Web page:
At the Transformation Collaborative™, we believe that leaders in today’s environment generate the greatest, most valuable outcomes by maximizing human capital, including mining leadership capacity in others, by supporting their personal growth, self-discovery, emotional intelligence, health, wellness, & resilience, compelling people leadership, and commitment to supporting success in others in the context of clearly defined moral imperatives—i.e., doing what’s right actually matters. While both men and women can lead in the way described above, it is probably clear to most readers that, women, if allowed to follow their intuition and natural proclivities, are much more closely aligned with the leadership values and traits identified by the TC than are men. One can question how much of that is innate vs. socialized, but the end result is that women are typically more attuned to things such as emotional intelligence and supporting growth and self-discovery in others. They are more naturally empathetic and nurturing (and socialized to be so) than are men, and as unusual as those concepts sound in the context of traditional leadership, they have become critical to effective leadership now and in the future. Relatedly, my sense is that, typical organizational dynamics aside, women are more comfortable achieving success through others and feel less need to take credit for what those around them achieve than are men.

As both an executive and a psychotherapist, I have experienced the irrational and detrimental attitudes toward simply being human in organizations fostered by traditional leadership models and I’ve seen the devastation in individuals who’ve lived, in some cases, entire lives, in denial of their most basic humanity. In men, traits such as empathy and vulnerability have traditionally been seen as weakness and it’s probably impossible to calculate the damage that has caused for men and the people around them. Although people of any gender can be deeply wounded when they are forced to sacrifice authenticity for acceptance, in my counseling practice I regularly see the devastating effects on men, often who have been seen (and seen themselves) as bullet-proof and hyper-masculine, who eventually can no longer sustain the dissonance and pain of denying their reality and their humanity. I mention this not just because I observe it, but because it’s germane to any discussion of leadership today.

It’s one thing for leaders to develop traits and choose behaviors that are simply ineffective. It’s another thing entirely to follow a path that is actually damaging, both for the leader and the organization they lead.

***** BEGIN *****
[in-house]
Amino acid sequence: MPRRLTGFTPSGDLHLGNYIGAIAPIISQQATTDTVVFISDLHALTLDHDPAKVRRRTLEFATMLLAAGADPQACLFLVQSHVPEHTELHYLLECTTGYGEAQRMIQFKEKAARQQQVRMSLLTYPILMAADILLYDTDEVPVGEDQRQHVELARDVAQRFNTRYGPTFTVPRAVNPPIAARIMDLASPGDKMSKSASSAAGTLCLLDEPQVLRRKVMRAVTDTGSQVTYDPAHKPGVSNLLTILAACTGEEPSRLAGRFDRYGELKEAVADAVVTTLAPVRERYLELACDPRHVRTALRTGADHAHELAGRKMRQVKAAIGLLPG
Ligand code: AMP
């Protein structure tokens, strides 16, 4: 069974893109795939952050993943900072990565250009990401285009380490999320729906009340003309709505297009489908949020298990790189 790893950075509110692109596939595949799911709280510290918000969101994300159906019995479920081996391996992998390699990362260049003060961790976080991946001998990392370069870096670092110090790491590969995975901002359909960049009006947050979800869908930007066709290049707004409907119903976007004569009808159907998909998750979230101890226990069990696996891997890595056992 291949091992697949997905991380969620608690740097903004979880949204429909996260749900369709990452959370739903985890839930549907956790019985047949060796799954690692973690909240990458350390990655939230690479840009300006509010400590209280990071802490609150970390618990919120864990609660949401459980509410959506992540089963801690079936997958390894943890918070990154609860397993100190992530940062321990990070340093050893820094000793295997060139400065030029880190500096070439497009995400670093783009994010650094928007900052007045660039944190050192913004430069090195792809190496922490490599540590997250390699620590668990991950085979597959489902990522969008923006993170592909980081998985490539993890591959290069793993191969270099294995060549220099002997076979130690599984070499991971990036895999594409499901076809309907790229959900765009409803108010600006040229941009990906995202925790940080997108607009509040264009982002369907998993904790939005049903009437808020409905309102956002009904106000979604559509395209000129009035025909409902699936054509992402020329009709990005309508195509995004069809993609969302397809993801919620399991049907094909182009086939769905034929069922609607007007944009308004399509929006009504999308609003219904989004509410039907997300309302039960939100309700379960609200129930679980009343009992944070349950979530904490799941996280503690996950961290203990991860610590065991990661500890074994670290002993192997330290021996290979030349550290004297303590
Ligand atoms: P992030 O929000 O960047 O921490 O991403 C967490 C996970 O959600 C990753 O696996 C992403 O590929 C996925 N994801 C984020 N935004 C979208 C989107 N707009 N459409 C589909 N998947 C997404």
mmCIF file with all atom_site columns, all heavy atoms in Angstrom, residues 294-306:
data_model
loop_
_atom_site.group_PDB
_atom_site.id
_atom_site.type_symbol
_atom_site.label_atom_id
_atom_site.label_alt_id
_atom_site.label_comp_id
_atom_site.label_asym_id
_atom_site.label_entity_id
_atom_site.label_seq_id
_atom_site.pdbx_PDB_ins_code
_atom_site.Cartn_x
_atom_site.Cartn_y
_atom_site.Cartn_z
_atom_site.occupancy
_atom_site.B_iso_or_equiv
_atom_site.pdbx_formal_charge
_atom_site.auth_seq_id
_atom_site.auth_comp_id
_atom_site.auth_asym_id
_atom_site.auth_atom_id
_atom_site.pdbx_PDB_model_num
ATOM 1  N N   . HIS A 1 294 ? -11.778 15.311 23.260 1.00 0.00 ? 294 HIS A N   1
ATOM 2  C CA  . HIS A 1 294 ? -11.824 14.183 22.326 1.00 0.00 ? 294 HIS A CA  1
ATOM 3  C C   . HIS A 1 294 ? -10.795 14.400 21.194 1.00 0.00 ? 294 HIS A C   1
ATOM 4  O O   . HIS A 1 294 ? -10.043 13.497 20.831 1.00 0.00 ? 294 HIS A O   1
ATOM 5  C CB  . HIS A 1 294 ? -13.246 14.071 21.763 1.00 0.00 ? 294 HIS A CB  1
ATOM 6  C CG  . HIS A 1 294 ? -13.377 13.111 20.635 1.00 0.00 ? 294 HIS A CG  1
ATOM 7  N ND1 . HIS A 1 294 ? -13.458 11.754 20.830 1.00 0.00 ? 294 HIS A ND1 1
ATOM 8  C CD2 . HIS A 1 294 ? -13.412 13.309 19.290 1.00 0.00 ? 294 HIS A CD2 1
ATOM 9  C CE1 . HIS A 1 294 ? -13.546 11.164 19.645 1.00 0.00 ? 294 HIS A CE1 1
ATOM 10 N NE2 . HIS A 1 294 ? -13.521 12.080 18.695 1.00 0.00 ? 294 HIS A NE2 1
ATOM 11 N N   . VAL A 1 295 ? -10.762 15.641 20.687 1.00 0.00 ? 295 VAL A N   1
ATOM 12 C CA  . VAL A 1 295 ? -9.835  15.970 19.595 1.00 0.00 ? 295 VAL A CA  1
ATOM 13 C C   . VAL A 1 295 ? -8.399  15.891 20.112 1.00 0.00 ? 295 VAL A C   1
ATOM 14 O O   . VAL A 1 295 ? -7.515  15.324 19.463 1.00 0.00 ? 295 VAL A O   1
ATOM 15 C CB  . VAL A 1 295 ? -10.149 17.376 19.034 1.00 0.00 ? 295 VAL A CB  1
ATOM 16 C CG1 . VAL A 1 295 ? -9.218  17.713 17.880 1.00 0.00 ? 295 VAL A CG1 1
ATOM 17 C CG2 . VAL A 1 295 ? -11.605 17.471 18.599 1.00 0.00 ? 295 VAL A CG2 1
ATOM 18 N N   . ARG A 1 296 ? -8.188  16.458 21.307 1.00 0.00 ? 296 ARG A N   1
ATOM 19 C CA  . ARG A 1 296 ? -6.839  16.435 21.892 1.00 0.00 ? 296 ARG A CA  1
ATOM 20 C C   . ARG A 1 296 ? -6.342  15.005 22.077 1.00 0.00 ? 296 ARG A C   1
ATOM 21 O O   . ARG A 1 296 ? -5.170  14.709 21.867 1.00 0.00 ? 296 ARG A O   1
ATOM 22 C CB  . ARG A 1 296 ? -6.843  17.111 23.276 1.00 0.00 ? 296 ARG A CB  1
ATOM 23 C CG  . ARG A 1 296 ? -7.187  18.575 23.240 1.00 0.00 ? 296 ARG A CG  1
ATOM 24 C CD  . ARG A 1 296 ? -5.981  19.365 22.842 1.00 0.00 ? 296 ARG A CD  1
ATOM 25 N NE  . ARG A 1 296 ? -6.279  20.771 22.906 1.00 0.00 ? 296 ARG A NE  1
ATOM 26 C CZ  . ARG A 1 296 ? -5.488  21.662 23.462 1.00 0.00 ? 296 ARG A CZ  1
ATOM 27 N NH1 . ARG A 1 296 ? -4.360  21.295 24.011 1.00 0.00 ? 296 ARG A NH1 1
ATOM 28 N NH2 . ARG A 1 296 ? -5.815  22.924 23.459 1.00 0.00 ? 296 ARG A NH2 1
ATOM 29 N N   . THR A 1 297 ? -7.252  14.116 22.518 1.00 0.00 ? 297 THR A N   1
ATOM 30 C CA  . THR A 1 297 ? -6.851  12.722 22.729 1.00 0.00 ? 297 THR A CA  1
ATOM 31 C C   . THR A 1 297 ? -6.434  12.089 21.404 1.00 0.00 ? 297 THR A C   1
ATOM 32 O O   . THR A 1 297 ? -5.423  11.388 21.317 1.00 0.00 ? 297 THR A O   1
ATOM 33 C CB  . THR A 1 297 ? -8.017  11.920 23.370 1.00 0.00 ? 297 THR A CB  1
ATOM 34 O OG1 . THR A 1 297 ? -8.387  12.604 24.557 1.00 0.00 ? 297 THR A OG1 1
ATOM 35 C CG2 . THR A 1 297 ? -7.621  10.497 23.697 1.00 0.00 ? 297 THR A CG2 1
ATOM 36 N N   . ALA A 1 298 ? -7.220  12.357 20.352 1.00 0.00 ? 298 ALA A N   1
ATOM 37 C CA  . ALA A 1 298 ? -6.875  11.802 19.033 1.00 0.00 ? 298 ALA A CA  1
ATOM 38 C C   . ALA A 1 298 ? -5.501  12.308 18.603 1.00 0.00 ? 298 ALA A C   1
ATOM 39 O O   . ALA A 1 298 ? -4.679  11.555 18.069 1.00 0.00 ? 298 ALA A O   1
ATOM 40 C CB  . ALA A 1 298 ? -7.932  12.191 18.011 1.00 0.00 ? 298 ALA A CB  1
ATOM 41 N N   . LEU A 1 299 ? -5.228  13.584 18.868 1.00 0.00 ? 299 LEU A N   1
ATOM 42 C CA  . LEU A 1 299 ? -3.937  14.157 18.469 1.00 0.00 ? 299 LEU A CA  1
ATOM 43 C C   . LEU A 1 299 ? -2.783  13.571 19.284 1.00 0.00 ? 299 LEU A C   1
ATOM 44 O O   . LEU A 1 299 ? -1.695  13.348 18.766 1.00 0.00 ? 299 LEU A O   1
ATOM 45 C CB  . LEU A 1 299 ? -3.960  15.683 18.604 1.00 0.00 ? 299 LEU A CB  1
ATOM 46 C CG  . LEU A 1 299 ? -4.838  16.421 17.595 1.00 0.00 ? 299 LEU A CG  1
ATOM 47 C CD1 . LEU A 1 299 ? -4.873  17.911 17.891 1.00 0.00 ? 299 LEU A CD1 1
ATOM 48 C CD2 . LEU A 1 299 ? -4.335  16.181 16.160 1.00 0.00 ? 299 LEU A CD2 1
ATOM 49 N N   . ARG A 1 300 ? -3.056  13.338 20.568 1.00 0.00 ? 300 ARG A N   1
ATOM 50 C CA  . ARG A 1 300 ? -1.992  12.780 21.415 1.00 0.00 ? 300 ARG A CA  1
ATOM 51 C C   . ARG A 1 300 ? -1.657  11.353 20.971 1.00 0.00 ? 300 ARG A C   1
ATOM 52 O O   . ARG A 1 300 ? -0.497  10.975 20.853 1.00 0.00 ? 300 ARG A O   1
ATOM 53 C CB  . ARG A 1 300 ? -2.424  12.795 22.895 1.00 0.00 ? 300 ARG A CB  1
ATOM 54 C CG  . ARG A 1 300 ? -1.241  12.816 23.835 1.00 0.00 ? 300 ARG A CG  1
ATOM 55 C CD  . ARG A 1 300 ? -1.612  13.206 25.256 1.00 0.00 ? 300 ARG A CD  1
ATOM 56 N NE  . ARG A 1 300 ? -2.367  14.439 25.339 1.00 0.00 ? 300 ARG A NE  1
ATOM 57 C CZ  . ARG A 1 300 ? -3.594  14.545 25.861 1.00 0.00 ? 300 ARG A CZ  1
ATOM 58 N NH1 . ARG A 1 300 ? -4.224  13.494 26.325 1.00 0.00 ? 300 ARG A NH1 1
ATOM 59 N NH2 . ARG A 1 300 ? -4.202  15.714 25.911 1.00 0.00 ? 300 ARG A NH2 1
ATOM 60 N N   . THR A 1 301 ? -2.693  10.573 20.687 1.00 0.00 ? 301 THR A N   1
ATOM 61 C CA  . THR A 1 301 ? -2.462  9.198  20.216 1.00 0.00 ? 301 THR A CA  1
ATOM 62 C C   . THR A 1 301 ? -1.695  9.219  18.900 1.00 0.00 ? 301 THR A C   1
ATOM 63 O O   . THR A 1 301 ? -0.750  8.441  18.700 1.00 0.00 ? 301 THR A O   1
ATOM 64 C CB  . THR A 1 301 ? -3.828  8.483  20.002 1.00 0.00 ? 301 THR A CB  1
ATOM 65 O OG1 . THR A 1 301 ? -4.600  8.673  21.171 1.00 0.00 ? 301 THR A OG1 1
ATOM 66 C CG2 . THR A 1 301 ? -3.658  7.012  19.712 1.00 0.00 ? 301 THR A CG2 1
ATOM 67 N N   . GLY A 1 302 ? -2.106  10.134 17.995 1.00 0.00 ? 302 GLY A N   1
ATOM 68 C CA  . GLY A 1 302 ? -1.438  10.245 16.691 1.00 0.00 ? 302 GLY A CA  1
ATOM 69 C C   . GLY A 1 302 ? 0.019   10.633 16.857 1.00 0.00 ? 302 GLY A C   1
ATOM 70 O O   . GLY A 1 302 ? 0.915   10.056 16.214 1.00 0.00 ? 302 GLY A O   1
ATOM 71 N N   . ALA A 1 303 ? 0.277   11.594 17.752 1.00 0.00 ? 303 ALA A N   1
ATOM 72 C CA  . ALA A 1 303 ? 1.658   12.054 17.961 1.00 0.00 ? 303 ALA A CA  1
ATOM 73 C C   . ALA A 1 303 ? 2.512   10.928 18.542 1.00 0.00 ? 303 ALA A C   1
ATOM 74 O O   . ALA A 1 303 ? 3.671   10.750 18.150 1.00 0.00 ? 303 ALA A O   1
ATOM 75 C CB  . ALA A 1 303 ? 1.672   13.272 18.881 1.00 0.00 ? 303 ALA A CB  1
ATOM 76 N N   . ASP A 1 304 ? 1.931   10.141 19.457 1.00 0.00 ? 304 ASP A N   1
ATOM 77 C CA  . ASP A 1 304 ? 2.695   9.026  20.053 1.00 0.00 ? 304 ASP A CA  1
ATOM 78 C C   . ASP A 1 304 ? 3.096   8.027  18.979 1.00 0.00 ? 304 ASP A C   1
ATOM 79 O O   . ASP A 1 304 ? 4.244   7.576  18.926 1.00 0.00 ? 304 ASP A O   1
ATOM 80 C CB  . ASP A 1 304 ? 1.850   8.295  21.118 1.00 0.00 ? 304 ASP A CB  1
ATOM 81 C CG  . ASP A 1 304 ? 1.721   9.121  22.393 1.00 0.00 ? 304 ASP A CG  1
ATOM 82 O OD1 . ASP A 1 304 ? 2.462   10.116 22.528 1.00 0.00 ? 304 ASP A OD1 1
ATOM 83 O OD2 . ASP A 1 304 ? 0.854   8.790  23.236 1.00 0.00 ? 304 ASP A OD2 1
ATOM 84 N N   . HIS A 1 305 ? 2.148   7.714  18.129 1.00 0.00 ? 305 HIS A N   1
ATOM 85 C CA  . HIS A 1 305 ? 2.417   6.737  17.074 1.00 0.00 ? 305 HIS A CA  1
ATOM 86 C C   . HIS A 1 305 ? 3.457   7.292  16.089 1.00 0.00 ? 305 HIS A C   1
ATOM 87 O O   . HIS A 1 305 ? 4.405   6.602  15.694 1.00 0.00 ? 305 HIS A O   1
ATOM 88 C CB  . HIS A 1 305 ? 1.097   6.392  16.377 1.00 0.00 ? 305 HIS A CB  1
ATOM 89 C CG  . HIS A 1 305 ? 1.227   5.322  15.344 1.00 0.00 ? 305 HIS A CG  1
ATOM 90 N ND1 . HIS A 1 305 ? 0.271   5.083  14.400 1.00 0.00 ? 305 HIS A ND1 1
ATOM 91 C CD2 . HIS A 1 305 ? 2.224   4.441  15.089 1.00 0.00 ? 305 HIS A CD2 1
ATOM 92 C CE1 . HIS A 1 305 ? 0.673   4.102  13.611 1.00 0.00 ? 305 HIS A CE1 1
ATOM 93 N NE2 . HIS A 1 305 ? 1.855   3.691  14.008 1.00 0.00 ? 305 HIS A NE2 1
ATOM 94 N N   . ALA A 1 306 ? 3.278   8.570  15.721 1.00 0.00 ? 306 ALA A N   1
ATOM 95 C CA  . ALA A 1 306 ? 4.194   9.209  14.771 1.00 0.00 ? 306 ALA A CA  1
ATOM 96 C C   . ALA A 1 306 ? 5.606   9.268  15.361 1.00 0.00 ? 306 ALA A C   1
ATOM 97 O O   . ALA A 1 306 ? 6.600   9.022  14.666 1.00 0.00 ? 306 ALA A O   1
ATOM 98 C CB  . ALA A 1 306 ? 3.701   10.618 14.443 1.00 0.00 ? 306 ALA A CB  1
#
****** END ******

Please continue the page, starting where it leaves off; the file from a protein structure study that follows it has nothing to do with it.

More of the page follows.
Back to the two female leaders I’ve had the pleasure of recently observing, their primary focus on people, rather than process or “numbers,” has resulted in deep engagement and commitment to their respective organizations on the part of people who work for them. In some cases, this goes beyond employee retention and includes a human connection that engenders deep gratitude and loyalty. In a time of dramatic turnover, “quiet quitting,” and what Gallup has noted is a crisis of disengagement among employees (less than a third of American employees are engaged at work), it is absolutely essential that leaders support human needs in others if their organizations are going to succeed. No leader, no matter how technically talented, driven, committed, etc. can come close to achieving what the people they are leading can collectively accomplish given the right support. And if those people are not engaged, then the organization will only achieve a small fraction of what would otherwise be possible.

In short, the Transformation Collaborative™ is passionate about its leadership model because it is based on building leader capacity to drive transformative change & innovation, value creation, deep employee engagement, sustainability with a focus on human factors, and organizational health & wellness. We don’t see “employees” or “labor” or an expense line on a P&L. We see people, who, at their best, not only succeed professionally, but thrive as valued, valuable human beings! Leaders who can contribute to that achieve something far beyond traditional measures of success. They also create meaning and purpose for themselves, which doesn’t depend on external validation and is far more sustainable than traditional markers of success.